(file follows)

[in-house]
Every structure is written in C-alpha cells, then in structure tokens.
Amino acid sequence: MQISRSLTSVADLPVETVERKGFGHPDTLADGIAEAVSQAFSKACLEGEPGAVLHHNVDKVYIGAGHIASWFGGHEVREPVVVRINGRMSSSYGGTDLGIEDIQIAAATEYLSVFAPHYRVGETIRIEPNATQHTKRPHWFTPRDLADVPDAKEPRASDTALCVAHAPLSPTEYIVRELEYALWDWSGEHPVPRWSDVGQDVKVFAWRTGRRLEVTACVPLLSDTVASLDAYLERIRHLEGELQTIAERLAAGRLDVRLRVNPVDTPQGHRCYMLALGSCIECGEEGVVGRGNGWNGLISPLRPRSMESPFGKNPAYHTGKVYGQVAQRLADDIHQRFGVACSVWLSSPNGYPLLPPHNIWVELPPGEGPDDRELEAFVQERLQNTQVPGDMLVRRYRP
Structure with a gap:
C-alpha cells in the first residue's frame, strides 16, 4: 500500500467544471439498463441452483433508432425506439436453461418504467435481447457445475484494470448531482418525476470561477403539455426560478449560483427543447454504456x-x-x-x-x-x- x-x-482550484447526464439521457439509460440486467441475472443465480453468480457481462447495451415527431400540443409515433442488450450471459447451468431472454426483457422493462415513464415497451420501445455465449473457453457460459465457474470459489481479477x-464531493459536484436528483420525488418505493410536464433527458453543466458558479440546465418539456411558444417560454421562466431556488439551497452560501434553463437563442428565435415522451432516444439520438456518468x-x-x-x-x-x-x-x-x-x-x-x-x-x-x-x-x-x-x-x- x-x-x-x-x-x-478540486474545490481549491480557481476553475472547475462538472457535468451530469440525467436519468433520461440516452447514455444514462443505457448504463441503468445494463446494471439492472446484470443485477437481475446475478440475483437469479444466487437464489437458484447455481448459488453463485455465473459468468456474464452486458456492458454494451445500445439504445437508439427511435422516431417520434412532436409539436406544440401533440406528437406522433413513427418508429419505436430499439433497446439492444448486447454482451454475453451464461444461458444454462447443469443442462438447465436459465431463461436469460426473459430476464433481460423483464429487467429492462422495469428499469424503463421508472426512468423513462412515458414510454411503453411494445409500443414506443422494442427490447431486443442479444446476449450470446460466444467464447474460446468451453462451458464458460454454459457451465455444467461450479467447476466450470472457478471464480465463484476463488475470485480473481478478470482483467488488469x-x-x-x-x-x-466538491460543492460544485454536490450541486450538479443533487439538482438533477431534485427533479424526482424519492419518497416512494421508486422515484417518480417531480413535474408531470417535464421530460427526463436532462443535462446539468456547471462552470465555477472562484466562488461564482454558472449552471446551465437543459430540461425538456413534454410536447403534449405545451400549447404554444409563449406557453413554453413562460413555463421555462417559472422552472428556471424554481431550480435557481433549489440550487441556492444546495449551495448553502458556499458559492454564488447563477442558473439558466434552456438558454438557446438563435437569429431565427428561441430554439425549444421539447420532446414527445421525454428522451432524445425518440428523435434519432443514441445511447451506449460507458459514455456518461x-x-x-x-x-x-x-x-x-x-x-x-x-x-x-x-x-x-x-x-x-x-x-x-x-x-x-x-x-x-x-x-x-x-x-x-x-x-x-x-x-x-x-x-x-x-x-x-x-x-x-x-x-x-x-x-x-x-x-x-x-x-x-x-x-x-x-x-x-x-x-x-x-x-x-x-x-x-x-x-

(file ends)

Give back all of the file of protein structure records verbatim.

[in-house]
Every structure is written in C-alpha cells, then in structure tokens.
Amino acid sequence: MQISRSLTSVADLPVETVERKGFGHPDTLADGIAEAVSQAFSKACLEGEPGAVLHHNVDKVYIGAGHIASWFGGHEVREPVVVRINGRMSSSYGGTDLGIEDIQIAAATEYLSVFAPHYRVGETIRIEPNATQHTKRPHWFTPRDLADVPDAKEPRASDTALCVAHAPLSPTEYIVRELEYALWDWSGEHPVPRWSDVGQDVKVFAWRTGRRLEVTACVPLLSDTVASLDAYLERIRHLEGELQTIAERLAAGRLDVRLRVNPVDTPQGHRCYMLALGSCIECGEEGVVGRGNGWNGLISPLRPRSMESPFGKNPAYHTGKVYGQVAQRLADDIHQRFGVACSVWLSSPNGYPLLPPHNIWVELPPGEGPDDRELEAFVQERLQNTQVPGDMLVRRYRP
Structure with a gap:
C-alpha cells in the first residue's frame, strides 16, 4: 500500500467544471439498463441452483433508432425506439436453461418504467435481447457445475484494470448531482418525476470561477403539455426560478449560483427543447454504456x-x-x-x-x-x- x-x-482550484447526464439521457439509460440486467441475472443465480453468480457481462447495451415527431400540443409515433442488450450471459447451468431472454426483457422493462415513464415497451420501445455465449473457453457460459465457474470459489481479477x-464531493459536484436528483420525488418505493410536464433527458453543466458558479440546465418539456411558444417560454421562466431556488439551497452560501434553463437563442428565435415522451432516444439520438456518468x-x-x-x-x-x-x-x-x-x-x-x-x-x-x-x-x-x-x-x- x-x-x-x-x-x-478540486474545490481549491480557481476553475472547475462538472457535468451530469440525467436519468433520461440516452447514455444514462443505457448504463441503468445494463446494471439492472446484470443485477437481475446475478440475483437469479444466487437464489437458484447455481448459488453463485455465473459468468456474464452486458456492458454494451445500445439504445437508439427511435422516431417520434412532436409539436406544440401533440406528437406522433413513427418508429419505436430499439433497446439492444448486447454482451454475453451464461444461458444454462447443469443442462438447465436459465431463461436469460426473459430476464433481460423483464429487467429492462422495469428499469424503463421508472426512468423513462412515458414510454411503453411494445409500443414506443422494442427490447431486443442479444446476449450470446460466444467464447474460446468451453462451458464458460454454459457451465455444467461450479467447476466450470472457478471464480465463484476463488475470485480473481478478470482483467488488469x-x-x-x-x-x-466538491460543492460544485454536490450541486450538479443533487439538482438533477431534485427533479424526482424519492419518497416512494421508486422515484417518480417531480413535474408531470417535464421530460427526463436532462443535462446539468456547471462552470465555477472562484466562488461564482454558472449552471446551465437543459430540461425538456413534454410536447403534449405545451400549447404554444409563449406557453413554453413562460413555463421555462417559472422552472428556471424554481431550480435557481433549489440550487441556492444546495449551495448553502458556499458559492454564488447563477442558473439558466434552456438558454438557446438563435437569429431565427428561441430554439425549444421539447420532446414527445421525454428522451432524445425518440428523435434519432443514441445511447451506449460507458459514455456518461x-x-x-x-x-x-x-x-x-x-x-x-x-x-x-x-x-x-x-x-x-x-x-x-x-x-x-x-x-x-x-x-x-x-x-x-x-x-x-x-x-x-x-x-x-x-x-x-x-x-x-x-x-x-x-x-x-x-x-x-x-x-x-x-x-x-x-x-x-x-x-x-x-x-x-x-x-x-x-x-